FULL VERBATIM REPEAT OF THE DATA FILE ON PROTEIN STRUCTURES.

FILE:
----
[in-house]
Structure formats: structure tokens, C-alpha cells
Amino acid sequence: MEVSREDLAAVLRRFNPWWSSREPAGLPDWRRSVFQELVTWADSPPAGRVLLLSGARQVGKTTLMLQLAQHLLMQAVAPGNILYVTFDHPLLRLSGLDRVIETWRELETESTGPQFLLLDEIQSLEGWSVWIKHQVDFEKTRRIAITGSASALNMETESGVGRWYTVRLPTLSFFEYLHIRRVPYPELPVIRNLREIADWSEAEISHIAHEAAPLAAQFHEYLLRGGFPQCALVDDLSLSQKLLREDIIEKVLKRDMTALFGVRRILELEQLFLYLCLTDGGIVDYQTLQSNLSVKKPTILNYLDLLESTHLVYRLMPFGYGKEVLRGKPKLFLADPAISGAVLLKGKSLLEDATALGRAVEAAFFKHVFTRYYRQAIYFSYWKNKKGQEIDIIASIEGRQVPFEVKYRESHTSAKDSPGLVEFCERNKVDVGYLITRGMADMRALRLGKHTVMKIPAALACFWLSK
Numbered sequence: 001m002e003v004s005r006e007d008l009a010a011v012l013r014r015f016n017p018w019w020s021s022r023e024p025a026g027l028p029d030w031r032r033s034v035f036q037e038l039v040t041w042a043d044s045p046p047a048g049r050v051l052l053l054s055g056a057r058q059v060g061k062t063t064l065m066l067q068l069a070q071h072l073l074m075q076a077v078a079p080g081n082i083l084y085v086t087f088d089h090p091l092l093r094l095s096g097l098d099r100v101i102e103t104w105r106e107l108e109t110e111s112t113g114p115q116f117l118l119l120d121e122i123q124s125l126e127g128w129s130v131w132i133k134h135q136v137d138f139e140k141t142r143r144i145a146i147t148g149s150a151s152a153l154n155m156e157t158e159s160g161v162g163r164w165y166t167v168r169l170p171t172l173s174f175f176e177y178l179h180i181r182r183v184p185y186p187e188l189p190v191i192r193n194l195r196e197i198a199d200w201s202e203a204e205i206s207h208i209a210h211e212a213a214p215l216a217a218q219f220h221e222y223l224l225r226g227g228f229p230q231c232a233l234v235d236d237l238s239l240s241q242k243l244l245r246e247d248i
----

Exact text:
[in-house]
Structure formats: structure tokens, C-alpha cells
Amino acid sequence: MEVSREDLAAVLRRFNPWWSSREPAGLPDWRRSVFQELVTWADSPPAGRVLLLSGARQVGKTTLMLQLAQHLLMQAVAPGNILYVTFDHPLLRLSGLDRVIETWRELETESTGPQFLLLDEIQSLEGWSVWIKHQVDFEKTRRIAITGSASALNMETESGVGRWYTVRLPTLSFFEYLHIRRVPYPELPVIRNLREIADWSEAEISHIAHEAAPLAAQFHEYLLRGGFPQCALVDDLSLSQKLLREDIIEKVLKRDMTALFGVRRILELEQLFLYLCLTDGGIVDYQTLQSNLSVKKPTILNYLDLLESTHLVYRLMPFGYGKEVLRGKPKLFLADPAISGAVLLKGKSLLEDATALGRAVEAAFFKHVFTRYYRQAIYFSYWKNKKGQEIDIIASIEGRQVPFEVKYRESHTSAKDSPGLVEFCERNKVDVGYLITRGMADMRALRLGKHTVMKIPAALACFWLSK
Numbered sequence: 001m002e003v004s005r006e007d008l009a010a011v012l013r014r015f016n017p018w019w020s021s022r023e024p025a026g027l028p029d030w031r032r033s034v035f036q037e038l039v040t041w042a043d044s045p046p047a048g049r050v051l052l053l054s055g056a057r058q059v060g061k062t063t064l065m066l067q068l069a070q071h072l073l074m075q076a077v078a079p080g081n082i083l084y085v086t087f088d089h090p091l092l093r094l095s096g097l098d099r100v101i102e103t104w105r106e107l108e109t110e111s112t113g114p115q116f117l118l119l120d121e122i123q124s125l126e127g128w129s130v131w132i133k134h135q136v137d138f139e140k141t142r143r144i145a146i147t148g149s150a151s152a153l154n155m156e157t158e159s160g161v162g163r164w165y166t167v168r169l170p171t172l173s174f175f176e177y178l179h180i181r182r183v184p185y186p187e188l189p190v191i192r193n194l195r196e197i198a199d200w201s202e203a204e205i206s207h208i209a210h211e212a213a214p215l216a217a218q219f220h221e222y223l224l225r226g227g228f229p230q231c232a233l234v235d236d237l238s239l240s241q242k243l244l245r246e247d248i